I just finished reading Cardinal Timothy Dolan’s recent column, “Christ and His Church are all about Salvation.” At the synod in Rome, we talked a great deal about the “good news” of eternal salvation, a topic that is timely any time but that emerges in a special way as we celebrate All Saints’ and All Souls’ Days in November.
I celebrated an All Saints’ Day Mass at St. Patrick Church in which the school family presented the diverse litany of saints in vivid fashion — a procession that included martyrs, contemplatives, missionaries and teachers. All these saints, however, had one thing in common: eternal life with God our Father.
Then, on Friday, November 2, I joined the faithful at Calvary Cemetery for an All Souls’ Mass held in the midst of monuments to mark the graves of loved ones. (I said a special, private prayer at the grave of Archbishop Kelly.)
The theme of my homily on both occasions was not simply that we remember the lives of those who went before us, but that we pray in gratitude for those who are saved and in heaven, intercede for those in purgatory, and ask God’s mercy for those of us on the way.
We don’t hear much about salvation and eternal life these days. Is it that we are prey to the ancient, “do-it-yourself” heresy of earning our salvation? (This Pelagian heresy of the fourth century promoted the attitude that we can attain salvation ourselves by reaching God on our merits without relying on salvation through Christ and his Church.) Or is it that we think only about this world?
The traditional sins were the two extremes of presumption and despair. Despair is the attitude of giving up because we believe we are so bad, not a common attitude these days. Presumption, however, may be the sin of this age. It assumes that God will welcome us into heaven because we are so good.
The problem — and this is crucial to the new evangelization — is that neither of these extremes reflects the “good news of Jesus Christ.” The good news is a world of mercy, and mercy can find a home only in those whose hearts acknowledge the need for it. We all know people who never admit their fault and so never prepare their hearts to receive mercy.
The new evangelization begins with a look into our own hearts. We confront our frailty and imperfection. We are not quite as good as others think and not as bad as we consider ourselves at times. We are in need of salvation.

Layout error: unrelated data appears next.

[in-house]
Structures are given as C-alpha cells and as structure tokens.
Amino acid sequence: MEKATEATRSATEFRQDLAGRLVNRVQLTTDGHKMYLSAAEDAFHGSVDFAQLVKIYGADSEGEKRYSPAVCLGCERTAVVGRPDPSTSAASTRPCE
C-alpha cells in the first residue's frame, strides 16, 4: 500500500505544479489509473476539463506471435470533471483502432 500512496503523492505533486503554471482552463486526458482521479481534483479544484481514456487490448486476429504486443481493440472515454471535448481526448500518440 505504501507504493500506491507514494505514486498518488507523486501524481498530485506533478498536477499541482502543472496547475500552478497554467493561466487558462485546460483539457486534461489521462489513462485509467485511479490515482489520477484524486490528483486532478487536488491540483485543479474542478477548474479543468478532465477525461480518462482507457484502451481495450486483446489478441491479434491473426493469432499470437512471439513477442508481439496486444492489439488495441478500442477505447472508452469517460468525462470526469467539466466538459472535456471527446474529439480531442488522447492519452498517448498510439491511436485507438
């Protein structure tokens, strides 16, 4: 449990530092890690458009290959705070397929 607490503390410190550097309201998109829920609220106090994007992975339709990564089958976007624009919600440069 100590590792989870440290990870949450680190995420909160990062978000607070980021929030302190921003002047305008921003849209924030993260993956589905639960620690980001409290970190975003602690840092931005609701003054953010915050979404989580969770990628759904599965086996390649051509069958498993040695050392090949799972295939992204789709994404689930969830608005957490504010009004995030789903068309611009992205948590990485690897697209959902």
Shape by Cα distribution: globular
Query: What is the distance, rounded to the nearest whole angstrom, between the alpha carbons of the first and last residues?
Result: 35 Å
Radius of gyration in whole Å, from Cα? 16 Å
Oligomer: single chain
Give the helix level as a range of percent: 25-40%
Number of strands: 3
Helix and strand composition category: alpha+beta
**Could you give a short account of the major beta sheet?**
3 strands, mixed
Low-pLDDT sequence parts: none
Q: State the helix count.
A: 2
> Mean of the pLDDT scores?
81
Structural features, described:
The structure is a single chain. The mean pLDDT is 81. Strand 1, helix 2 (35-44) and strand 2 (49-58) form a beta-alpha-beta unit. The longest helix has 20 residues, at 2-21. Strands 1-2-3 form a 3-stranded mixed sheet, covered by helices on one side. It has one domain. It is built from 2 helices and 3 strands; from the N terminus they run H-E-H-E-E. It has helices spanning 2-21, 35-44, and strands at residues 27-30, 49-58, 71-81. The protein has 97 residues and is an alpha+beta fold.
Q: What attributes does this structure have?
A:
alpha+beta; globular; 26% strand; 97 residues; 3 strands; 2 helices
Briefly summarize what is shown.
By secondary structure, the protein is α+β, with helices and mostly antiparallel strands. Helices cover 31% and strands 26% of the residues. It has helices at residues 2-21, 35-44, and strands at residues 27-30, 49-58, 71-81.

Cardinal Dolan calls to mind three passages in which we come to know the mind of Jesus. When asked if only a few would be saved, Jesus spoke of the narrow door: “Try your hardest to enter by the narrow door, because, I tell you, many will try to enter and will not succeed.” (Lk. 13:23-24) On another occasion he made it clear: “Enter by the narrow gate, since the road that leads to destruction is wide and spacious, and many take it; but it is a narrow gate and a hard road that leads to life and only a few find it.” (Mt. 7:13-14) We know Jesus wasn’t happy about this situation and that he wept when he considered the destiny of those who persisted on the wide road. (Lk. 19:41)
These quotes are, of course, the necessary prelude to understanding the precious gift of mercy and salvation. God’s mercy can’t penetrate the heart that feels no need.
This week in Baltimore, the Bishops of the United States will review a message on forgiveness and the Sacrament of Penance and Reconciliation. This past March, I witnessed a Men’s Conference in which virtually all 400-plus participants made a good confession and received God’s mercy in and through the Church. Later, some privately shared that it had been a long time since they had been to confession. The joy of receiving God’s mercy was written all over their faces.
The new evangelization is about salvation in the Church, and inner conversion of heart and sacramental forgiveness are essential steps in this journey. At a recent Priests’ Council meeting, it was confirmed that in preparation for Advent, the Passionist Fathers will host a lunch for priests followed by a Holy Hour during which the Sacrament of Penance and Reconciliation would be available. This is precisely the recipe for the new evangelization. We begin with inner conversion, reject both presumption and despair, and seek salvation in Christ through the Church.
By the way, if you want to read more about the Synod, there is a wonderful, 15-page “Message to the People of God” (www.news.va/en/news/synod-message-to-the-people-of-god). It speaks of a “serene certainty” and a “serene courage” as the core of the new evangelization. It is a message that continues the theme of this column, and I recommend it for your study and reflection.